Portugal Colonial - After days of tumult, Wall Street awaits Fed's moves on inflation

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After days of tumult, Wall Street awaits Fed's moves on inflation
After days of tumult, Wall Street awaits Fed's moves on inflation

After days of tumult, Wall Street awaits Fed's moves on inflation

The conclusion of the Federal Reserve's first policy meeting of the year on Wednesday can't come soon enough for Wall Street, which has experienced days of chaotic trading as investors fret over what steps the central bank might take to counter inflation.

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The Federal Open Market Committee (FOMC) led by Fed Chair Jerome Powell is expected to further signal how it will act to stifle the wave of price increases hitting the country's families and businesses when it concludes its two-day meeting at 1900 GMT.

While they began Wednesday's session in positive territory, major New York stock indices have in recent days seen tumultuous trading and big losses.

On Tuesday, Wall Street closed lower again, a sign investors are dreading the likely end to the central bank's easy money policies, including zero interest rates and the massive bond-buying program that helped the economy survive the pandemic.

The bond purchases are scheduled to finish in March, and Powell and other Fed officials have strongly suggested they will raise rates then, and potentially twice more this year as the Fed looks to ensure the seven percent surge in consumer prices in 2021 -- the highest in nearly four decades -- does not repeat.

"The Fed has done everything but bash investors over the head with a sledgehammer to warn them that rate hikes are coming," economist Joel Naroff said.

"That suddenly everyone is worried about rate hikes proves another of my favorite sayings: 'Markets may be efficient, but that doesn't mean they are rational.'"

The world's most influential central bank, whose policies have implications for lending globally, resumed deliberations on Wednesday morning, a spokesperson confirmed.

The language of the FOMC's statement as well as Powell's comments in his post-meeting press conference will be closely scrutinized for signs of their strategy.

Top IMF official Gita Gopinath on Tuesday praised the Fed's signaling of its policy thus far.

But in an interview with AFP, she warned, "This is going to be a challenge for central bankers this year to be able to communicate the transition to tighter monetary policy, and they should handle that with care."

- Stocks up, inflation too -

While the pandemic caused a widespread economic downturn in the United States, the Fed's moves to ease lending conditions and ensure liquidity kept flowing through the economy helped Wall Street post big gains, with the broad-based S&P 500 rising 27 percent last year.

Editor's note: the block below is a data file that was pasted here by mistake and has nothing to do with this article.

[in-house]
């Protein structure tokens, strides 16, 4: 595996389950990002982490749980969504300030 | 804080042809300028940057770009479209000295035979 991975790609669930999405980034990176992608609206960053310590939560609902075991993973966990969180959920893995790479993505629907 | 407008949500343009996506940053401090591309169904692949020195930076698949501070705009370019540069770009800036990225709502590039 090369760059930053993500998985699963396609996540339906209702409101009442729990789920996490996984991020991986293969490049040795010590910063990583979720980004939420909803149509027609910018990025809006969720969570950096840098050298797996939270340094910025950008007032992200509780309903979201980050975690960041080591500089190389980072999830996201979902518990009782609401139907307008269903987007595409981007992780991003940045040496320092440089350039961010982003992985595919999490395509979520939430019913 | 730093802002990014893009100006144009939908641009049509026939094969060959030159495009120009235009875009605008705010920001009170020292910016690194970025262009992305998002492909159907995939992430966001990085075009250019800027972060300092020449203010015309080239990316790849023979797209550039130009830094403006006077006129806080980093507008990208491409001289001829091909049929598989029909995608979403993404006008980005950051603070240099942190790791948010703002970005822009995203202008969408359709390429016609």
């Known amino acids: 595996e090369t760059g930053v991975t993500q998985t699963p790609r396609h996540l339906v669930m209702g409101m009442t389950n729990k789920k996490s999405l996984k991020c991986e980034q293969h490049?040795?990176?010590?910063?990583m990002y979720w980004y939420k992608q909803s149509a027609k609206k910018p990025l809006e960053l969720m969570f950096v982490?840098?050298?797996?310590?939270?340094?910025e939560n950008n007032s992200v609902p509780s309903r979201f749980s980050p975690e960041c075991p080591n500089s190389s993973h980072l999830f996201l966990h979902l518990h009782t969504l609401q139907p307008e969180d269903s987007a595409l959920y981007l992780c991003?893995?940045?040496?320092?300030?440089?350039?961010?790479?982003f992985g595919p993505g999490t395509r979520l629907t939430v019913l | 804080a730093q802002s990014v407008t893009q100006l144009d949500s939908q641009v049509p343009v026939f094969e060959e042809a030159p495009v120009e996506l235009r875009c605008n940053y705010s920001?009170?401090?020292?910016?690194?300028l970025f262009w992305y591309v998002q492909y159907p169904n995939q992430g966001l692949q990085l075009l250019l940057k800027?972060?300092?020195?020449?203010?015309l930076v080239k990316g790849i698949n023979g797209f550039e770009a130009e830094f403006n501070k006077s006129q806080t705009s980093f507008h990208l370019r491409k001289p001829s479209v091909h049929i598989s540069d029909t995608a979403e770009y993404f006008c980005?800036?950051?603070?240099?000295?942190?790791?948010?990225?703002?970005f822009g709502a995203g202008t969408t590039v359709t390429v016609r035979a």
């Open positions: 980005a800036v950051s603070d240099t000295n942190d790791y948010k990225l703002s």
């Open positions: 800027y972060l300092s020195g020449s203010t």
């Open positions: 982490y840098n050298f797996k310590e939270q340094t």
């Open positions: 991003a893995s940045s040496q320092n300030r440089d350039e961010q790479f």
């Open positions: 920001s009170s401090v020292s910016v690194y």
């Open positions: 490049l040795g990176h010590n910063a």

But while the central bank hoped to keep its lending rate at zero for longer to ensure marginalized groups benefit from the recovery, persistently high inflation throughout last year forced Powell and others to signal rate hikes would come sooner than they initially expected.

The causes driving inflation are myriad, from global issues such as supply chain snarls and the semiconductor shortage to domestic concerns like government stimulus policies that have fattened Americans' wallets, as more people spent on goods that grew scarce, rather than services.

The central bank is deliberately opaque about what exactly it may do, but does give strong signals.

If rate hikes are coming, Chief US Financial Economist at Oxford Economics Kathy Bostjancic said, the Fed will indicate on Wednesday that the economy has reached "maximum employment," one of its two mandates, along with stable inflation.

"The path for rate hikes will depend critically on the future pace of inflation and the intersection with wage growth," she said, predicting inflation would cool in the second half of the year, and the Fed will raise rates by a quarter of a percent each quarter.

But she highlighted the risk of "a faster pace of Fed tightening given the stickiness of inflation."

- Fearing uncertainty -

How markets will react if policy tightens as expected remains to be seen, but the last few days have not been encouraging.

Last week, the Nasdaq -- rich with tech stocks that boomed thanks to the Fed's easy money policies -- lost seven percent, while on Monday, the S&P 500 oscillated wildly, sinking 3.5 percent before ending trading with a slight gain.

Upheaval in the markets isn't a good look for the Fed, Naroff said, and further selloffs may sway Powell and his colleagues into moving slower with rate hikes.

"The markets may dictate what the Fed does once again, and if that happens, it is too bad," he said.